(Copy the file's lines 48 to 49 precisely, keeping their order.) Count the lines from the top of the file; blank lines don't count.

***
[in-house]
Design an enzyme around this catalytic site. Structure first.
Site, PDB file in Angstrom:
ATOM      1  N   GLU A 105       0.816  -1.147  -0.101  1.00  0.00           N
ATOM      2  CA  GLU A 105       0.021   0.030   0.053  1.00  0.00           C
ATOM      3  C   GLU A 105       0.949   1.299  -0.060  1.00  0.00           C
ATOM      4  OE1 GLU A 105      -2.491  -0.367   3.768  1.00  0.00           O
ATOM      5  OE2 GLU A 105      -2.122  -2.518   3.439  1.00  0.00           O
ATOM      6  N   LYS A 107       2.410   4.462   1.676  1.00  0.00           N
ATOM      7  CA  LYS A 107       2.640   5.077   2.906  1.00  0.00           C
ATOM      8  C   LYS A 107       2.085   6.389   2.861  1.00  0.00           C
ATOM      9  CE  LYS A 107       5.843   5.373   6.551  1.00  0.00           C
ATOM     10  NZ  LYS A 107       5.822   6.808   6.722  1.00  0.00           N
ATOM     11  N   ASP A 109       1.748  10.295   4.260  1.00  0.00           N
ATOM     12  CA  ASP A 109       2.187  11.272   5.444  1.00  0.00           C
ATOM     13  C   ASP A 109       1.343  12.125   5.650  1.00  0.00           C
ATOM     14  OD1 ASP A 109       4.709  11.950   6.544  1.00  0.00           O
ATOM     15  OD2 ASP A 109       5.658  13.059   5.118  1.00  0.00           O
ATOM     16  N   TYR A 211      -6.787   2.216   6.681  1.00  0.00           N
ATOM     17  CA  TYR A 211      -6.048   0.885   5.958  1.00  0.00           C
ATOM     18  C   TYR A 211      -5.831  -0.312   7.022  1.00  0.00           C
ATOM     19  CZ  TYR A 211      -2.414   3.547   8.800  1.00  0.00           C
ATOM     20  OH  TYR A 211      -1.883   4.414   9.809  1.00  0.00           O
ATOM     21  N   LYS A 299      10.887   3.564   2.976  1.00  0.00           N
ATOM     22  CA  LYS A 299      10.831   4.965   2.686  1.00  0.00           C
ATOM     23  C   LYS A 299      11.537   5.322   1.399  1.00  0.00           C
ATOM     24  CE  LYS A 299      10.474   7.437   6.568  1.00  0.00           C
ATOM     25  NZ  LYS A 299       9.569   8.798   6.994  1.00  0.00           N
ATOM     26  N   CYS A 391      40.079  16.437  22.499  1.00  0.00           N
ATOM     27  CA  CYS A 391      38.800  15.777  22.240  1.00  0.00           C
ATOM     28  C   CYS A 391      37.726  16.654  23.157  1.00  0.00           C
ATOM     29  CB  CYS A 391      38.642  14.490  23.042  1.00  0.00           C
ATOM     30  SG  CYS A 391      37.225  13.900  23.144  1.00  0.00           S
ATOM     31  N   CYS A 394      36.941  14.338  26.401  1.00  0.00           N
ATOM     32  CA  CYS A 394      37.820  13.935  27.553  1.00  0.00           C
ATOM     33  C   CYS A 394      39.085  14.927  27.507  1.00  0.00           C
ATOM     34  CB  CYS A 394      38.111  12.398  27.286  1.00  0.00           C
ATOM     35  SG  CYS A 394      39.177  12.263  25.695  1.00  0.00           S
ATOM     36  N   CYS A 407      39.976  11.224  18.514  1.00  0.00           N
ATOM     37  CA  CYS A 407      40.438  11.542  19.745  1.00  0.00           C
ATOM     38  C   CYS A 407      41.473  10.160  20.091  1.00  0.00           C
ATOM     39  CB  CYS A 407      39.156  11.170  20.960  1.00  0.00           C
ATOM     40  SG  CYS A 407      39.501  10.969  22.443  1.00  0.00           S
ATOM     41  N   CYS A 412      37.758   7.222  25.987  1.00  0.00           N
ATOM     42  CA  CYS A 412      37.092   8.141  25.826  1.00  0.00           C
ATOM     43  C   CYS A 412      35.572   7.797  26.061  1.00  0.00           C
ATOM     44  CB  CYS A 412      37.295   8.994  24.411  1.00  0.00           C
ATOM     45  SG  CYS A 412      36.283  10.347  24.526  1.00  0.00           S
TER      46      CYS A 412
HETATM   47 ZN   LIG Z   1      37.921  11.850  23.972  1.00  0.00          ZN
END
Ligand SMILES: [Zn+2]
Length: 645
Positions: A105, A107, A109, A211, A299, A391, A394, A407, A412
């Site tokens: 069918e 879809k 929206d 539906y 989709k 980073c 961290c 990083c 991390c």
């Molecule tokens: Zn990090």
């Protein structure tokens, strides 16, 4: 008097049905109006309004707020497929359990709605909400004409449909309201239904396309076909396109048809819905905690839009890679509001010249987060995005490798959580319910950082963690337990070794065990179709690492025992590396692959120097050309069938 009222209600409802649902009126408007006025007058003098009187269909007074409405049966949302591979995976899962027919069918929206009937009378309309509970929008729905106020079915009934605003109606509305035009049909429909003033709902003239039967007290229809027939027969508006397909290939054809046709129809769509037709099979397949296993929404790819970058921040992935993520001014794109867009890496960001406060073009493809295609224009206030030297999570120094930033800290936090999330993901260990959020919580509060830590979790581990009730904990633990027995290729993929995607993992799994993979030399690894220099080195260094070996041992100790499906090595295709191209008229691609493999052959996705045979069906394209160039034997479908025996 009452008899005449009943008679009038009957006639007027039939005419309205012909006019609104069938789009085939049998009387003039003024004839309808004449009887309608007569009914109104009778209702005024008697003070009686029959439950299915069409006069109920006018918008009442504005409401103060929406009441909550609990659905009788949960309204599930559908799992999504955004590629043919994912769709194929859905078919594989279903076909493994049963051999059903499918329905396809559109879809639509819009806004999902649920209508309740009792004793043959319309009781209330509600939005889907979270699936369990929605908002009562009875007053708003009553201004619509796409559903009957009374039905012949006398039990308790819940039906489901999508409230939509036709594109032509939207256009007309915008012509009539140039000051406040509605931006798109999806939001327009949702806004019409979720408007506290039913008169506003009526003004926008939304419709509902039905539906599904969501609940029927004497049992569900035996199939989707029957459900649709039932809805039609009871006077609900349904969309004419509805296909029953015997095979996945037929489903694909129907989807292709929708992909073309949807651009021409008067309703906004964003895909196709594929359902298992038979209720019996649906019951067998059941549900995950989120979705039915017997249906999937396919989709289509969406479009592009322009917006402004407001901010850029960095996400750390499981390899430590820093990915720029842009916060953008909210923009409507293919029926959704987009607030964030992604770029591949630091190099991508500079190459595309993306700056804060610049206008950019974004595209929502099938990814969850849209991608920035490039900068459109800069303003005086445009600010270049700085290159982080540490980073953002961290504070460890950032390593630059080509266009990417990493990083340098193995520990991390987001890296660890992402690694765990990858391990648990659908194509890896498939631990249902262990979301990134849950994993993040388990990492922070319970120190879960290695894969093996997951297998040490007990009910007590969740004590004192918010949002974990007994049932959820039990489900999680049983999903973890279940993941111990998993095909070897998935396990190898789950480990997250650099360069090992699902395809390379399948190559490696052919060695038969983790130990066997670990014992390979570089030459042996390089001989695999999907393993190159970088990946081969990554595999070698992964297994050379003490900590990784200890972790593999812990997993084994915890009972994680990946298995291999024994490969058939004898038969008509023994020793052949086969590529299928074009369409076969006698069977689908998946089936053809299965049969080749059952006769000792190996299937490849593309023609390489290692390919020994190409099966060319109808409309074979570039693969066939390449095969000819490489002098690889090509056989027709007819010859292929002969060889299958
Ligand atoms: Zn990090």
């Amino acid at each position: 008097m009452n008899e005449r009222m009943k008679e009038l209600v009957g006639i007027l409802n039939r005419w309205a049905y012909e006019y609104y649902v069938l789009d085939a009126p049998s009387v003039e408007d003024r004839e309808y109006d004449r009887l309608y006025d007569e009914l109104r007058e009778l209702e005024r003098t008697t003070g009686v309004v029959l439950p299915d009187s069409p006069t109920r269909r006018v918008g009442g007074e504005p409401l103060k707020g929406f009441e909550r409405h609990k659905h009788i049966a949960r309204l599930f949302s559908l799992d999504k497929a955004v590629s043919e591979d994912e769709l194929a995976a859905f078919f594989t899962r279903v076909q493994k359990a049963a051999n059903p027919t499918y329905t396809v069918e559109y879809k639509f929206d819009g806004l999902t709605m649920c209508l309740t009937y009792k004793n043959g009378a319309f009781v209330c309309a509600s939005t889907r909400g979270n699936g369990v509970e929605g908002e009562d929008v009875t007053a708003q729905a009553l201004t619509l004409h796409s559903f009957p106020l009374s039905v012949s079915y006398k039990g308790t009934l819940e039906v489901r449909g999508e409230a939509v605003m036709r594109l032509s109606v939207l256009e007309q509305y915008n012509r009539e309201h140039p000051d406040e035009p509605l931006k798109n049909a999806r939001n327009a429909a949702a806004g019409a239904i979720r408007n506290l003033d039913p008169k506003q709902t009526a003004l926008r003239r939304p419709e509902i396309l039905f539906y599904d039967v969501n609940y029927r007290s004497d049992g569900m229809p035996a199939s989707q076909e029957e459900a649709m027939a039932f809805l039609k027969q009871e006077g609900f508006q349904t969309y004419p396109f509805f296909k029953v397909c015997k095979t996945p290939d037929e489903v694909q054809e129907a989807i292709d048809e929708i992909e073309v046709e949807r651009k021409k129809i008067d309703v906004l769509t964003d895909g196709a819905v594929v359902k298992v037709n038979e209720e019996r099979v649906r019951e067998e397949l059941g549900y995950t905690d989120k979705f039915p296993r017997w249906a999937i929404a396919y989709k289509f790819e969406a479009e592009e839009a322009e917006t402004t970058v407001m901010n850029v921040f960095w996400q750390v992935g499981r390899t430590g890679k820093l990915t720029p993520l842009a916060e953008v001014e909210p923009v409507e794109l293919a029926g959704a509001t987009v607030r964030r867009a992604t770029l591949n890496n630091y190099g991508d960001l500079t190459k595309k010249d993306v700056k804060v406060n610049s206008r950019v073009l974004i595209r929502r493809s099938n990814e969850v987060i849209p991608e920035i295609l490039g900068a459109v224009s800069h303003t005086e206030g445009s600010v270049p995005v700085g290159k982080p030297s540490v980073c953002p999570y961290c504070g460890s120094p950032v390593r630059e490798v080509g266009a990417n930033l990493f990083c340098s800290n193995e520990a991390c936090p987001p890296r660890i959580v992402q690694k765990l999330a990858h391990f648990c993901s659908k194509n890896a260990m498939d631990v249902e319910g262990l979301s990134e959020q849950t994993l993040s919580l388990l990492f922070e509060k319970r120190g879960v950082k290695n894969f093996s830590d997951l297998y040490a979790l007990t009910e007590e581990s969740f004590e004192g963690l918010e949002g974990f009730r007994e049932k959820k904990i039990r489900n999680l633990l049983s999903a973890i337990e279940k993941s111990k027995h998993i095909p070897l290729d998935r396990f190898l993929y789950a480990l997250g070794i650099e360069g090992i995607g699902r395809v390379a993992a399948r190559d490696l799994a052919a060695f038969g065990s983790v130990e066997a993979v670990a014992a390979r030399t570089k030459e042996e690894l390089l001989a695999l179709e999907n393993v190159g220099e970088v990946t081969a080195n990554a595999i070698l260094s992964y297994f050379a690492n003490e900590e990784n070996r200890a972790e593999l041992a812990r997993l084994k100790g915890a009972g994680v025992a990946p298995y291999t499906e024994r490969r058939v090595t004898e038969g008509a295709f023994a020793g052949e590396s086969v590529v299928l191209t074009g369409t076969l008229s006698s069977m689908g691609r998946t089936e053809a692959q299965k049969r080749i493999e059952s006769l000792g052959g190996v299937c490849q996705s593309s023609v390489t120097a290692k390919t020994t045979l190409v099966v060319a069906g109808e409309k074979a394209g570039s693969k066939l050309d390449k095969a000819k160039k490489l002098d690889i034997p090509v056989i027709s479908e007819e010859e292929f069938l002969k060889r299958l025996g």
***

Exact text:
ATOM     45  SG  CYS A 412      36.283  10.347  24.526  1.00  0.00           S
TER      46      CYS A 412